2// Redwood Bluepine Solid Maple Cutting Board– Made from a single piece of solid maple. Handcrafted in a small Oregon wood shop, no glue, adhesive, or chemicals of any kind have been used. Finished with fractionated coconut oil and beeswax to protect and preserve the wood. Both are USDA and Oregon Tilth certified 100% organic.

3// Cherry Wood Cutting Board– This board is offered in the very proportionate 8 inches by 12 out of ONE piece of Cherry wood. It is around three quarter of an inch thick. The width could be within 1/2 an inch under or over 8 inches as not all wide boards are created equal. The length however is a guaranteed 12 inch. The sides have been rounded by a hand plane. The two ends have a bevelled relief on the lower side for your fingers to easily pick the board up. It is finished with beeswax and smells great.

4// Maple Landmark Maple Cutting Board– Made in Vermont, USA from hardwood maple. 13″ long, 5″ wide and 3/4″ thick solid maple. Unfinished wood.

5// Ziruma Teak Cutting Board– Sustainable teak made with natural materials. This cutting board is finished with a mix of pure beeswax, lemon and linseed oil. It’s free of BPA, phthalates and formaldehyde-based adhesives present in plastic, bamboo, and substandard wood cutting boards. This teak cutting board is crafted to last for 50 years and beyond. Size: 20 x 15 x 1.5 in.

6// Dream Wood Wild Cherry Cutting Board– Wild black cherry cutting board with no glue seams is 9 3/8” by 14 3/8” & 1/4″ thick. Sanded and finished with vegetable oil. Made in small batches from trees cut from managed woodlot in Michigan.

7// Koehl Karpentry Walnut Cutting Board– Made from one solid single piece of walnut wood- no glue or joints. 16x12x1.75″ Will finish with fractionated coconut oil upon request- Just write “fractionated coconut oil” in the special notes section when you place your order.

8// Rose Hammer Solid Maple Cutting Board– This is a solid hard maple cutting board measuring 9″ by 14″ by 1″. Crafted from a solid piece of hard maple hardwood. (No glue) Grain patterns may vary due to natural grain variation in wood but the overall appearance is similar.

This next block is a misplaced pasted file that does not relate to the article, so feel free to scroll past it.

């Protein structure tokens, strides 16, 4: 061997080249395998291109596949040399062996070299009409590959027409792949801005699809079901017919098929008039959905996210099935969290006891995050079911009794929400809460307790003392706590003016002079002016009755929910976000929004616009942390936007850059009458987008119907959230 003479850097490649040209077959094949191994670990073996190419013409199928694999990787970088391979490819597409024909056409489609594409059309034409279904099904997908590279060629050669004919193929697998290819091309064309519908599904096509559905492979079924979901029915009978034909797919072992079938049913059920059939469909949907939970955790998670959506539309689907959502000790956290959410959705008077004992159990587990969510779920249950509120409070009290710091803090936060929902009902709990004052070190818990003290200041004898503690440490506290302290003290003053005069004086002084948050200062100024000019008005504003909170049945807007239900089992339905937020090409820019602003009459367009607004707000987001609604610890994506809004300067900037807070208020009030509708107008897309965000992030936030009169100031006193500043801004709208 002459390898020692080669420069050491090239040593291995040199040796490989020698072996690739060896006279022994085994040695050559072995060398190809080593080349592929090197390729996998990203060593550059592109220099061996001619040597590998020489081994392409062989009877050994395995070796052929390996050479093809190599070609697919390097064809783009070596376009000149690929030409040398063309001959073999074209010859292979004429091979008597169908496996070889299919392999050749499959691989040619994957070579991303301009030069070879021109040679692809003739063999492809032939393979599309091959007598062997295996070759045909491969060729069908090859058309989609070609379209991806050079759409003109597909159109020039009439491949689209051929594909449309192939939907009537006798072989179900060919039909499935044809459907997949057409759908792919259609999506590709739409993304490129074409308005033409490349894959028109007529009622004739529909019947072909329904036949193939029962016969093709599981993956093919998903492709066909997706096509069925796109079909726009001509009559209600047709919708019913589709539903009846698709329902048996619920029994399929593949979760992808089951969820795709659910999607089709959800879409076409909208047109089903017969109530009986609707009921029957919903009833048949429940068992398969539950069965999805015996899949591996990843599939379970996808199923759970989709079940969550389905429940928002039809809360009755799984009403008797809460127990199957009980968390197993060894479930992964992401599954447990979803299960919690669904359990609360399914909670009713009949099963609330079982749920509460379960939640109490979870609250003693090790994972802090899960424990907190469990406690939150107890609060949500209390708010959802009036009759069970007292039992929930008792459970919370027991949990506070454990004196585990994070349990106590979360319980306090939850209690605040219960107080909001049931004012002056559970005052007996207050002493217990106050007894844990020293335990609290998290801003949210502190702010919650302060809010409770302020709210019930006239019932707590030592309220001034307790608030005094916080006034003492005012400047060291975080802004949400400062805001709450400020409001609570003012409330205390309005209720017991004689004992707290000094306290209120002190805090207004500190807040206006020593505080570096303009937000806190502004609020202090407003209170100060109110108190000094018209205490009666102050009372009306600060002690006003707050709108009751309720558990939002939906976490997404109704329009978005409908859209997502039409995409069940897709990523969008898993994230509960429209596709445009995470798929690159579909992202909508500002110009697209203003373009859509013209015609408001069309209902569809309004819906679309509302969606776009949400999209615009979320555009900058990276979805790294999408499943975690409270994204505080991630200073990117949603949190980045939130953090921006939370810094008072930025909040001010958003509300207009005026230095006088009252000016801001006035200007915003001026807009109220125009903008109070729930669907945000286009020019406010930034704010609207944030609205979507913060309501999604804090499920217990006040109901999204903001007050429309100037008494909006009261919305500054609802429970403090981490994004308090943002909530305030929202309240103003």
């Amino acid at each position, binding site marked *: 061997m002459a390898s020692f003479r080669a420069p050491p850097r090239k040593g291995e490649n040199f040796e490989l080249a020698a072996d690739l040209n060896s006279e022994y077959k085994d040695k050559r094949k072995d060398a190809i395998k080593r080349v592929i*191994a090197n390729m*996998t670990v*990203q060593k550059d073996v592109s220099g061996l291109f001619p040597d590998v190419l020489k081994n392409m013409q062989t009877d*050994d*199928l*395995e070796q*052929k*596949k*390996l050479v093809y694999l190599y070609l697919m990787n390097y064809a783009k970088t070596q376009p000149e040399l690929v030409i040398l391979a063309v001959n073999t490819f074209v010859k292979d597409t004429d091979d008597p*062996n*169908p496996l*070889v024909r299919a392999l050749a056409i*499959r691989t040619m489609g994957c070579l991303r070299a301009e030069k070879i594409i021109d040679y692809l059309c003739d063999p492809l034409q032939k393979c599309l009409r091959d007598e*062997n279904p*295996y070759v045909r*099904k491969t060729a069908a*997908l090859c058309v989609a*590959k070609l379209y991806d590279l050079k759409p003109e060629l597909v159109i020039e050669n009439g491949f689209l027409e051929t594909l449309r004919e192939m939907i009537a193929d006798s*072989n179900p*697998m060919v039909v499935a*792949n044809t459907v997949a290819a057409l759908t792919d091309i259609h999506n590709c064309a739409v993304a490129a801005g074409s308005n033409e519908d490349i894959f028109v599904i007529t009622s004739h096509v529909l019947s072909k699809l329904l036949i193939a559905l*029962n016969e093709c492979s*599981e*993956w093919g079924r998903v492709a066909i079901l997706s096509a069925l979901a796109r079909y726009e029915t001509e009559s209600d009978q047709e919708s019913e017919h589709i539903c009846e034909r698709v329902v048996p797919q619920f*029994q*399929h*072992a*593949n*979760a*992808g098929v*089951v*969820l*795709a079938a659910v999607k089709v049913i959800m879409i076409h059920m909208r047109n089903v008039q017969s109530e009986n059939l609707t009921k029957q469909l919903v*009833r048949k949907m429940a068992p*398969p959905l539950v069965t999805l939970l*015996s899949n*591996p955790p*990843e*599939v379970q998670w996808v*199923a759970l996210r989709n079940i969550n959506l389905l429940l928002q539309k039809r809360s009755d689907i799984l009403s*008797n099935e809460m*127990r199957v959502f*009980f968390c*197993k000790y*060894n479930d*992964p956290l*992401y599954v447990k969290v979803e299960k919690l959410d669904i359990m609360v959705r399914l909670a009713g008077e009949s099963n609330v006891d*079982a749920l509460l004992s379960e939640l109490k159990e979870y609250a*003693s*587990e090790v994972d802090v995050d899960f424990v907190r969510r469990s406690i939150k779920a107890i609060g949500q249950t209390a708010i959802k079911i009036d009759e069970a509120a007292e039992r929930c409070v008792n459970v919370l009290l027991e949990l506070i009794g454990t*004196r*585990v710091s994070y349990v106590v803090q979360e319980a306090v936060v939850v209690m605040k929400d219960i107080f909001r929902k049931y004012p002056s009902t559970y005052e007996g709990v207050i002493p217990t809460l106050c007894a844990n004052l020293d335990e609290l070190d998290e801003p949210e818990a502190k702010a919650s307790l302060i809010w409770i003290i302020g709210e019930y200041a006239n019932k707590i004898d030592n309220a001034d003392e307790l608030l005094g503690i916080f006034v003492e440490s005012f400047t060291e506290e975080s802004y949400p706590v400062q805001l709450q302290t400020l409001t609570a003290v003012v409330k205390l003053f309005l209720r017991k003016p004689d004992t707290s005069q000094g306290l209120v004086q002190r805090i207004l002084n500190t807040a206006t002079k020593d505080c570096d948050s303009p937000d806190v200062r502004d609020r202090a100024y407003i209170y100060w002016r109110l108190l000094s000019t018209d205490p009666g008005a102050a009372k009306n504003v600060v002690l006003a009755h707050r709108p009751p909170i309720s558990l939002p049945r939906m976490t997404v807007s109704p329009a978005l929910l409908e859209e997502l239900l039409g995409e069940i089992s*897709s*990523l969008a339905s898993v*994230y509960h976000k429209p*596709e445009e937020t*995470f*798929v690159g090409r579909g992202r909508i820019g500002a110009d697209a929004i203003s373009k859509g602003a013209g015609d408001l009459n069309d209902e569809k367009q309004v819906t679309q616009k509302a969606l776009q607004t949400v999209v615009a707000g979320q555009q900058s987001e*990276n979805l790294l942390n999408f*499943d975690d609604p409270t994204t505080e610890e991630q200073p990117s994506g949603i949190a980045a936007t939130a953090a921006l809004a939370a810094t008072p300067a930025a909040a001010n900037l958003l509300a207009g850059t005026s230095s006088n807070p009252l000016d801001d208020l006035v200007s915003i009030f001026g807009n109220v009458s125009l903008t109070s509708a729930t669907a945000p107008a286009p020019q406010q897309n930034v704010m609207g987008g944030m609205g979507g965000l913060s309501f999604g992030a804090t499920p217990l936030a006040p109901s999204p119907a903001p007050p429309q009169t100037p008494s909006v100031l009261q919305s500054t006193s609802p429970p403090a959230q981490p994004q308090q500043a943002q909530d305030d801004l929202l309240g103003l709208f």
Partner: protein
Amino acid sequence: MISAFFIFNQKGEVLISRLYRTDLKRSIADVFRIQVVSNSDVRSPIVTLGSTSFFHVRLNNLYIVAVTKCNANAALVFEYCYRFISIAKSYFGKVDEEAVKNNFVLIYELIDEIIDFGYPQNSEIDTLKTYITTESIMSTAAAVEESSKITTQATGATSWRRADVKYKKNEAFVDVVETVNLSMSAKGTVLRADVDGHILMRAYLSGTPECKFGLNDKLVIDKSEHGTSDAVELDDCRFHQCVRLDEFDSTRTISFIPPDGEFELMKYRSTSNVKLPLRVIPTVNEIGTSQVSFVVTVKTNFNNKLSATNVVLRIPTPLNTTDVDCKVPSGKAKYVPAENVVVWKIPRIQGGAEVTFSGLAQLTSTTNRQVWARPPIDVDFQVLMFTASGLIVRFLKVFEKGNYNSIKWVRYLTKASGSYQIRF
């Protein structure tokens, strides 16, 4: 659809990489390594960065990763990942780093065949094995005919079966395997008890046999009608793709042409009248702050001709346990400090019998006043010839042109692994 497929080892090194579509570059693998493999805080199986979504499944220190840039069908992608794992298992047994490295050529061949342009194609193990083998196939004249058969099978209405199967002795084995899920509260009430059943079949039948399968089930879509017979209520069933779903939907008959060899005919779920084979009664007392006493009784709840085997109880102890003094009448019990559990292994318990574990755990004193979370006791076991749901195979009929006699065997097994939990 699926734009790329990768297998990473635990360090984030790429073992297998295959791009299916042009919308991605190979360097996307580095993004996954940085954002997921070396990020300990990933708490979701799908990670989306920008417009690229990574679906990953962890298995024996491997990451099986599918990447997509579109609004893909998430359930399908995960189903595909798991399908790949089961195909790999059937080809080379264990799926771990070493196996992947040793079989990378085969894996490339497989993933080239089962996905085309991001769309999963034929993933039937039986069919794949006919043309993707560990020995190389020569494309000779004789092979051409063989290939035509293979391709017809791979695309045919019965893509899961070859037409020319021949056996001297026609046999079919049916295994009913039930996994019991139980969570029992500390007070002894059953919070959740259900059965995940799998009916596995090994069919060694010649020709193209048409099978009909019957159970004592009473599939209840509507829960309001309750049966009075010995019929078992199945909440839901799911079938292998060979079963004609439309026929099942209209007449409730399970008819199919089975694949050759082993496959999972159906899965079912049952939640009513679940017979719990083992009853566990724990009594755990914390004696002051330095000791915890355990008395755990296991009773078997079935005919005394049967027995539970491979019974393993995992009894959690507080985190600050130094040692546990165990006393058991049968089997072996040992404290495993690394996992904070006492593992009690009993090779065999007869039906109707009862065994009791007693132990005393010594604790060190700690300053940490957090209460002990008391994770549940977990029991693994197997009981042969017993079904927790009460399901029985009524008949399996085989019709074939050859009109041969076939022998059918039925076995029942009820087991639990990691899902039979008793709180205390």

What Finishes Are Best For Protecting A Wood Cutting Board

The one downside of a wood cutting board is that it will need to be oiled occasionally. I would oil a wooden cutting board with a finish that’s worthy of eating off, like beeswax, fractionated coconut oil, walnut oil, linseed oil (from flaxseeds), carnauba wax or MCT oil.

Non-Toxic Board Oils

Redwood Bluepine Cutting Board Oil– Redwood Bluepine Wood Salve is an all natural, non toxic wood finish for cutting boards, butcher blocks, bowls, utensils, toys, pretty much anything made of wood. Handcrafted in small batches from fractionated coconut oil and beeswax. Both are Oregon Tilth certified organic. Coconut oil helps prevent wood from drying and cracking, and beeswax provides an extra layer of protection from liquids and stains.

Caron & Doucet Cutting Board Oil– 100% plant-based cutting board oil (does not contain petroleum chemicals like mineral oil). Made with FOOD GRADE coconut oil and enhanced with natural essential oils.

WORKTOP CUTTING BOARD

When I need a clean surface for rolling out pie dough, shaping cookies, and kneading bread dough, I use a marble worktop cutting board. This surface will dull knives very quickly, so it is best for bread and bakery items.

Fox Run Marble Pastry Board– Made of 100% genuine marble – 16 x 20 x 0. 75 inch. A natural elegant stone with unique patterns and colorations; Due to natural variations in the marble, color may differ from the images. Non-slip rubber feet on bottom, provides protection for your countertop.

Wooden cutting board with fresh rosemary and scissors

References

(1)Weatherly, L. and Gosse, J. Triclosan Exposure, Transformation, and Human Health Effects. J Toxicol Environ Health B Crit Rev. 2017; 20(8): 447–469.

(2) Ak NO, Cliver DO, Kaspar CW. Cutting Boards of Plastic and Wood Contaminated Experimentally with Bacteria. J Food Prot. 1994 Jan;57(1):16-22. doi: 10.4315/0362-028X-57.1.16. PMID: 31113021.